Kerry, normally stiff and professorial (as you may recall from his 2004 presidential campaign), spoke with uncharacteristic passion and candor. “We’re not going to build anything in America right now,” he said. “We’re not building. We’re falling behind almost every other country in the world… There aren’t great building projects in America right now, not many of them.”

Kerry’s frustration was apparent:

Nobody on that side of the aisle will vote for any increase in revenue, no matter where it might come from, apparently. So what are we going to build? Are we going to keep cutting everything? Then Americans are going to turn around and say, why doesn’t this work, why doesn’t my school work, why can’t we fill the potholes? I mean it’s just crazy, honestly. It really is crazy. We’re in a crazy place right now.

Predictably, conservatives went after the non-highway spending in the Highway Trust Fund. Oklahoma Republican Tom Coburn even baited Gov. Rendell into the game by saying, “When you look at the last significant funding bill for the Highway Trust Fund, fully almost a third of that didn’t go to build highways, bridges or mass transit.” (I’ve asked his office to explain that assertion. I’ll let you know if I get a response.) Rendell gave in on that score.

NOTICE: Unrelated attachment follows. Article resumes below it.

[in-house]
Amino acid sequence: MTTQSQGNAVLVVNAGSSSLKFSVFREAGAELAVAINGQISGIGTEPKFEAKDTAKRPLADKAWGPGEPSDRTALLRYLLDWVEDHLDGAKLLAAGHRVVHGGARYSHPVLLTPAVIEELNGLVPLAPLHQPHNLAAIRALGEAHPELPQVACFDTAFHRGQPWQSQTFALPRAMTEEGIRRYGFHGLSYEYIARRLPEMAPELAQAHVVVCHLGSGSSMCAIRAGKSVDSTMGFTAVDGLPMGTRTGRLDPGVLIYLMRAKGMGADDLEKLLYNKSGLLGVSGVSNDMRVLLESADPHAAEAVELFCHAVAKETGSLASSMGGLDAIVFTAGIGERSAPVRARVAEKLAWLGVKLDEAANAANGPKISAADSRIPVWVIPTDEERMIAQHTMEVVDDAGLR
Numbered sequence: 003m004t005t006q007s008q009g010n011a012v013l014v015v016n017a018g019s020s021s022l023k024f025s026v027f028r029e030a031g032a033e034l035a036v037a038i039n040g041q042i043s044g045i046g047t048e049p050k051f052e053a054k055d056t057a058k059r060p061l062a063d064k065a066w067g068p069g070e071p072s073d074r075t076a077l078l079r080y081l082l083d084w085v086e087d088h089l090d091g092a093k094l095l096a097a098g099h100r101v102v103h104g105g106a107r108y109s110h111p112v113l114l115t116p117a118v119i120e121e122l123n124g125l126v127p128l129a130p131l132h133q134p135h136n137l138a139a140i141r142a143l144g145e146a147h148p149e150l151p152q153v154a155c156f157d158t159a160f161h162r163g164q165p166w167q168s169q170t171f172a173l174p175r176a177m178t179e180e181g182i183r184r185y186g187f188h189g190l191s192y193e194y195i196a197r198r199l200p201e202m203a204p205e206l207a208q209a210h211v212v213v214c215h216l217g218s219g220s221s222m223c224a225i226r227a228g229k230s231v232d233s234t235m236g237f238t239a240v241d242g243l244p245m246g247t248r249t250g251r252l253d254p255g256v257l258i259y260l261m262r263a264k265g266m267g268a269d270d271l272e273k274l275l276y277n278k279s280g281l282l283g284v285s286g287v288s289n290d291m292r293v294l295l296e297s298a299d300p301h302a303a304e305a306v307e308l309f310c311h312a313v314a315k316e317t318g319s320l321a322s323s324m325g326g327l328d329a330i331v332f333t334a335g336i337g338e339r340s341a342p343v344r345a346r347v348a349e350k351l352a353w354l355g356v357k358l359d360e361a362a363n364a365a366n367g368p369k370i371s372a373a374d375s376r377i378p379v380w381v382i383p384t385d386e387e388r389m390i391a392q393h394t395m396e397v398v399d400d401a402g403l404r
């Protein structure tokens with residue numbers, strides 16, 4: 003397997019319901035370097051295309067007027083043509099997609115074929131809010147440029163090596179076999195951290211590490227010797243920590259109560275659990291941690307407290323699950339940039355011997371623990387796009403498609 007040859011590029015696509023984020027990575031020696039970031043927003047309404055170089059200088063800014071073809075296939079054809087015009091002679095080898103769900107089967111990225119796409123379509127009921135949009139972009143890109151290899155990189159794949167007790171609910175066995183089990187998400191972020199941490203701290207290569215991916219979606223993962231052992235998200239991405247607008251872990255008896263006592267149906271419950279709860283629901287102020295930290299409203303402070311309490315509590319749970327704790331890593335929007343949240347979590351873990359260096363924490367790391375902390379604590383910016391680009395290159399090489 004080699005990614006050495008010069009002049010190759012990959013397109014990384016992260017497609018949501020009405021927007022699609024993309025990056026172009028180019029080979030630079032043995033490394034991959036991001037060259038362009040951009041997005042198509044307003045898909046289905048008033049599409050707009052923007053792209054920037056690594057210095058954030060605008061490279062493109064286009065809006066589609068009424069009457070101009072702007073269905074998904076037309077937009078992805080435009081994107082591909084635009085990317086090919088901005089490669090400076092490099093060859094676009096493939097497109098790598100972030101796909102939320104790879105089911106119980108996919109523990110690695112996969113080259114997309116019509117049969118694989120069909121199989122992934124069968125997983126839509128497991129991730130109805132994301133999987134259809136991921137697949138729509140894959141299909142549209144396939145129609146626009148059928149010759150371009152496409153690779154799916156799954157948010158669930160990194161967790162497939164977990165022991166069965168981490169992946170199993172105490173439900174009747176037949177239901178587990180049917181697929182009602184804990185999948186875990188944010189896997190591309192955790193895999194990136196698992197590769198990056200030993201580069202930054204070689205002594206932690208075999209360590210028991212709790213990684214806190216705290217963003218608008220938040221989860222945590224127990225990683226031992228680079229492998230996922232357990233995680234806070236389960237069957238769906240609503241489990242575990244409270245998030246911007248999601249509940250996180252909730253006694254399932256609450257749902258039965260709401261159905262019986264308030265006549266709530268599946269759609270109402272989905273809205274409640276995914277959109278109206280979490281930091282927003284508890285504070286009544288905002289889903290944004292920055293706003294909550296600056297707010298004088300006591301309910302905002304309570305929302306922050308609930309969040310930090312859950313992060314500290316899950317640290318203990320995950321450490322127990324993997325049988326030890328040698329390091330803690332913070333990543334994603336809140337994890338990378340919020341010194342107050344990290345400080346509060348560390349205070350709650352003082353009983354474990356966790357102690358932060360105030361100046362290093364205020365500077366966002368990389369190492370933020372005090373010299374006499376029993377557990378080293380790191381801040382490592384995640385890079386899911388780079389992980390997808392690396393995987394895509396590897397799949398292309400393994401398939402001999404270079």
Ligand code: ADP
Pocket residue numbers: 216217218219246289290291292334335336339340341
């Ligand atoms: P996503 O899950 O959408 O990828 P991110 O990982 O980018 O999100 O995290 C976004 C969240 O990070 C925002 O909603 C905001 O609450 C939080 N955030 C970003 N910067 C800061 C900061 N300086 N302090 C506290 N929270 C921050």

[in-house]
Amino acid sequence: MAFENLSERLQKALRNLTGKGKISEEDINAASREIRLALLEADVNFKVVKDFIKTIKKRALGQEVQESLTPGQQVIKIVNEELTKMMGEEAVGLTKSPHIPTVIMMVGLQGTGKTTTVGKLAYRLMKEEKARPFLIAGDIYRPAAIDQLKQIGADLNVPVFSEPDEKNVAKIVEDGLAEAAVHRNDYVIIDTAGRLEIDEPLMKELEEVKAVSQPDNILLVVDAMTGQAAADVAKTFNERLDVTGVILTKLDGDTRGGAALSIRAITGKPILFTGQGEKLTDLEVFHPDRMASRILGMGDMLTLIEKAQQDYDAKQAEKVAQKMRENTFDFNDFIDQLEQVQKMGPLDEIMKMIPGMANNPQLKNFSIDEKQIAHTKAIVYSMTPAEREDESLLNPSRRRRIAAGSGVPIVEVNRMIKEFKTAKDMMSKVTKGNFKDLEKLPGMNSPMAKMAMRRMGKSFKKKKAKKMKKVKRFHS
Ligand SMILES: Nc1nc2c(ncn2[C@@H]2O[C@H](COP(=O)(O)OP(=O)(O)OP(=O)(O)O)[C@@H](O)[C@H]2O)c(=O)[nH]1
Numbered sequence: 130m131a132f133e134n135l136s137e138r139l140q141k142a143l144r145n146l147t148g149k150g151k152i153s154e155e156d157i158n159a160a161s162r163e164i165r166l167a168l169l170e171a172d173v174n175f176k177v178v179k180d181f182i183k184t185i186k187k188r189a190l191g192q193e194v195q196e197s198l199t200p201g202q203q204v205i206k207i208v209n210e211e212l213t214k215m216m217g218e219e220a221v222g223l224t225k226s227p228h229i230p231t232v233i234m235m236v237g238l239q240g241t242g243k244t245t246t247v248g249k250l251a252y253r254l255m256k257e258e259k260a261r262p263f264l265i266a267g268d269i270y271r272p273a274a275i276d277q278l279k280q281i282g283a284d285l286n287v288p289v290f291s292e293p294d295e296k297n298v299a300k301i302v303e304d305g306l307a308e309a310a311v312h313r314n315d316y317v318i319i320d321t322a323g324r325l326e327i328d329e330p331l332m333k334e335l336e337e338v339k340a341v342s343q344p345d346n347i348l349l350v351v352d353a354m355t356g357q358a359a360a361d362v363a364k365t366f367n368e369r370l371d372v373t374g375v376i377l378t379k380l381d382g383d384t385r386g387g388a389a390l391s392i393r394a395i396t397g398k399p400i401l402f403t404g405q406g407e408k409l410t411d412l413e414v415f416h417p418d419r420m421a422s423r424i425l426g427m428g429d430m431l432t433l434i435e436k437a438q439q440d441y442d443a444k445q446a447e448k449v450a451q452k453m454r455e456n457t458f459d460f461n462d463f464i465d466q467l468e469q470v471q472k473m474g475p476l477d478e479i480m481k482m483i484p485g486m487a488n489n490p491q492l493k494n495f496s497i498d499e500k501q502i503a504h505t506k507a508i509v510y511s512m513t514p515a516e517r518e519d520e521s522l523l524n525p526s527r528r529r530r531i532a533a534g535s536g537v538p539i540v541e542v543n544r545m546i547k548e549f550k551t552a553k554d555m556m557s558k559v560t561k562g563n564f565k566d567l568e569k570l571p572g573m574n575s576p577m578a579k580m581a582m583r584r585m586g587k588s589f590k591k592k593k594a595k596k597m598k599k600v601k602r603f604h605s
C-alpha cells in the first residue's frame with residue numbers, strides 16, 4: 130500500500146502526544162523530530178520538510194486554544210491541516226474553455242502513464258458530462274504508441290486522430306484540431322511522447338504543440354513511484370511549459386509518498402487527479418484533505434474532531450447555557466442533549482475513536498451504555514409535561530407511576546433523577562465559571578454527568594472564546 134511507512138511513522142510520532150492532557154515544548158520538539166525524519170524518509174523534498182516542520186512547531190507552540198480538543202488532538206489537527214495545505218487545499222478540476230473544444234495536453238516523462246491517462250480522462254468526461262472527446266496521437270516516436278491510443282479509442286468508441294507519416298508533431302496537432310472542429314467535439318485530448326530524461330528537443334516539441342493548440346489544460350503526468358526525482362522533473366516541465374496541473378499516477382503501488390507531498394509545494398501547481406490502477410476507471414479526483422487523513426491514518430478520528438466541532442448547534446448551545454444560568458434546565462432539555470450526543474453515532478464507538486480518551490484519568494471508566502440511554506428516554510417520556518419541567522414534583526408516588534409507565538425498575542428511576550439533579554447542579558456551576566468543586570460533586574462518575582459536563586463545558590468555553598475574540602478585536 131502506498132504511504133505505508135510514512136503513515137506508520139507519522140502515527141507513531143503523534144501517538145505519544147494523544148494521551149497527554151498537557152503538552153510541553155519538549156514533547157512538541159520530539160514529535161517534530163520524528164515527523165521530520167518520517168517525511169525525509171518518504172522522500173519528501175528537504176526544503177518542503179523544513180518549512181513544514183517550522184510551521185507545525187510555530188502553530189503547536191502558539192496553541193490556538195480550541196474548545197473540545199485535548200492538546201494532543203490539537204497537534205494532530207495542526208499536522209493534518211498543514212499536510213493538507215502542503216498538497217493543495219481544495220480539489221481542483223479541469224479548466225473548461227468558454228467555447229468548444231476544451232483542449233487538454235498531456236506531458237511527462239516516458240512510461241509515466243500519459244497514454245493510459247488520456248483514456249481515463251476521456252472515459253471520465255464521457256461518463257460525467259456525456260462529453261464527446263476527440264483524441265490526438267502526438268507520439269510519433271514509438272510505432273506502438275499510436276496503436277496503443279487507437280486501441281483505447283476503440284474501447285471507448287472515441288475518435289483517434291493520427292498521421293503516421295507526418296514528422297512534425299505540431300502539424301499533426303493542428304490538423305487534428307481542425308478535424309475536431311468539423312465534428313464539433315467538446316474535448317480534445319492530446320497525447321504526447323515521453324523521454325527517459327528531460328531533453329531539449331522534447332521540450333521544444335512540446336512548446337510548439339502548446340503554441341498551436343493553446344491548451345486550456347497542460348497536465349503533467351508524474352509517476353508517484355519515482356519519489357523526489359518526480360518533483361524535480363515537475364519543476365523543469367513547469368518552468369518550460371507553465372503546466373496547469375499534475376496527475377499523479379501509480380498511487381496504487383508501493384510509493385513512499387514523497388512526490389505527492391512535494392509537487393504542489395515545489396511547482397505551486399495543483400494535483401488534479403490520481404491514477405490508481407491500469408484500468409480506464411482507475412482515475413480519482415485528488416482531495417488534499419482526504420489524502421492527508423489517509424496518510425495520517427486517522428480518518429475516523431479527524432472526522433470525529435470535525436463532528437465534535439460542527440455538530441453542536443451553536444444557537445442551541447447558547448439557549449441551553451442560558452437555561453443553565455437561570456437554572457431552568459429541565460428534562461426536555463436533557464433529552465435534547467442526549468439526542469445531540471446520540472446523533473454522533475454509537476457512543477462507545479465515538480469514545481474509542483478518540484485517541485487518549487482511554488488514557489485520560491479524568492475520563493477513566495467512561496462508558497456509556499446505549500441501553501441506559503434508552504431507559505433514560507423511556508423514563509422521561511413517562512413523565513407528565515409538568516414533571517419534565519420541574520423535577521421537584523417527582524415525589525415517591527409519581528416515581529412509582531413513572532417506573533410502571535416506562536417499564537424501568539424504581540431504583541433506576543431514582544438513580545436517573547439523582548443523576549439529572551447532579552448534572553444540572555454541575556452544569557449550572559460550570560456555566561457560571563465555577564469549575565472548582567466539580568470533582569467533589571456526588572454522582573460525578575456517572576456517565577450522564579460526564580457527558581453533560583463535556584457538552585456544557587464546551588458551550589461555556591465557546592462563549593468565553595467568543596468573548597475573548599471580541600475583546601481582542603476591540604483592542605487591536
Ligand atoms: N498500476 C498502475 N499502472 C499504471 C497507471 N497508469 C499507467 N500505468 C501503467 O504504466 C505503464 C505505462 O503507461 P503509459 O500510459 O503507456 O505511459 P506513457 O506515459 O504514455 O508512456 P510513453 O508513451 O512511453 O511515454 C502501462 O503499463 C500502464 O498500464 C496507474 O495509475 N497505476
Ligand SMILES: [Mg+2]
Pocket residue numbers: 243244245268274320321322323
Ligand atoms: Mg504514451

Coburn specifically asked, “Do you think it’s wise that we take and wall off 10 percent* of all the Highway Trust Fund money that has to be spent on enhancements when you have 5,500 bridges [in Pennsylvania] that are in disrepair? And Oklahoma has close to 8,000? Do you think it’s wise that we make things beautiful or we make things safe?”

Rendell: “That’s an area where I would leave it to the states to decide, absolutely.”

Coburn: “So you would agree that we rescind this mandate and let the states decide – and if they want to spend it on beautification and enhancement, they can.”